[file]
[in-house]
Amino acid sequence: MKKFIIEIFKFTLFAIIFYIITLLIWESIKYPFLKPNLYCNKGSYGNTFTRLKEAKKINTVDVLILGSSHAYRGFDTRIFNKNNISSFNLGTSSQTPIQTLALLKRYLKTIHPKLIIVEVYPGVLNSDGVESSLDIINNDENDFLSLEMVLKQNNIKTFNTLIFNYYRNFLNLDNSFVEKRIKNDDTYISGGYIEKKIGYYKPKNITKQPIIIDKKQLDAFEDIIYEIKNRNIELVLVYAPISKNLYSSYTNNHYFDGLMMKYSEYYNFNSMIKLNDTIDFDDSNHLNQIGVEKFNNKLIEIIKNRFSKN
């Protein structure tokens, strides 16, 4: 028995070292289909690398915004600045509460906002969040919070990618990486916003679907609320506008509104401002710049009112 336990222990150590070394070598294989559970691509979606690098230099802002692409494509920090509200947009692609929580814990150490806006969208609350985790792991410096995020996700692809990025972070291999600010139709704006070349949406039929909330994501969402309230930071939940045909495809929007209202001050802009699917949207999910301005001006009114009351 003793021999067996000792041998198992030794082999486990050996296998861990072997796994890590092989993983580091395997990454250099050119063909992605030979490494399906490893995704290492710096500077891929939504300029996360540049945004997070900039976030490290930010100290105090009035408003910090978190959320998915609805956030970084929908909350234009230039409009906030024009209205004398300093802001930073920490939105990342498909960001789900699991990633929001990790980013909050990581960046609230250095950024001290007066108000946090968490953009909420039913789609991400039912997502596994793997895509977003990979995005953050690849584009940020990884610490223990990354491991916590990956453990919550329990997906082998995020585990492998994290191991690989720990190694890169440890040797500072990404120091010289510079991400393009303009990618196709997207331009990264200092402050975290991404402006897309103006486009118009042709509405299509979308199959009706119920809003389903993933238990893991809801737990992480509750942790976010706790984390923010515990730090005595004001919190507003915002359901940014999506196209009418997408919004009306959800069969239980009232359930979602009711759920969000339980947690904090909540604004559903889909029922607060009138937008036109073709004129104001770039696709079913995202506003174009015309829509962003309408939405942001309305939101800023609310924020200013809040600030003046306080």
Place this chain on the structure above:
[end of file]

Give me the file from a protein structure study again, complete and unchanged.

[in-house]
Amino acid sequence: MKKFIIEIFKFTLFAIIFYIITLLIWESIKYPFLKPNLYCNKGSYGNTFTRLKEAKKINTVDVLILGSSHAYRGFDTRIFNKNNISSFNLGTSSQTPIQTLALLKRYLKTIHPKLIIVEVYPGVLNSDGVESSLDIINNDENDFLSLEMVLKQNNIKTFNTLIFNYYRNFLNLDNSFVEKRIKNDDTYISGGYIEKKIGYYKPKNITKQPIIIDKKQLDAFEDIIYEIKNRNIELVLVYAPISKNLYSSYTNNHYFDGLMMKYSEYYNFNSMIKLNDTIDFDDSNHLNQIGVEKFNNKLIEIIKNRFSKN
């Protein structure tokens, strides 16, 4: 028995070292289909690398915004600045509460906002969040919070990618990486916003679907609320506008509104401002710049009112 336990222990150590070394070598294989559970691509979606690098230099802002692409494509920090509200947009692609929580814990150490806006969208609350985790792991410096995020996700692809990025972070291999600010139709704006070349949406039929909330994501969402309230930071939940045909495809929007209202001050802009699917949207999910301005001006009114009351 003793021999067996000792041998198992030794082999486990050996296998861990072997796994890590092989993983580091395997990454250099050119063909992605030979490494399906490893995704290492710096500077891929939504300029996360540049945004997070900039976030490290930010100290105090009035408003910090978190959320998915609805956030970084929908909350234009230039409009906030024009209205004398300093802001930073920490939105990342498909960001789900699991990633929001990790980013909050990581960046609230250095950024001290007066108000946090968490953009909420039913789609991400039912997502596994793997895509977003990979995005953050690849584009940020990884610490223990990354491991916590990956453990919550329990997906082998995020585990492998994290191991690989720990190694890169440890040797500072990404120091010289510079991400393009303009990618196709997207331009990264200092402050975290991404402006897309103006486009118009042709509405299509979308199959009706119920809003389903993933238990893991809801737990992480509750942790976010706790984390923010515990730090005595004001919190507003915002359901940014999506196209009418997408919004009306959800069969239980009232359930979602009711759920969000339980947690904090909540604004559903889909029922607060009138937008036109073709004129104001770039696709079913995202506003174009015309829509962003309408939405942001309305939101800023609310924020200013809040600030003046306080």
Place this chain on the structure above: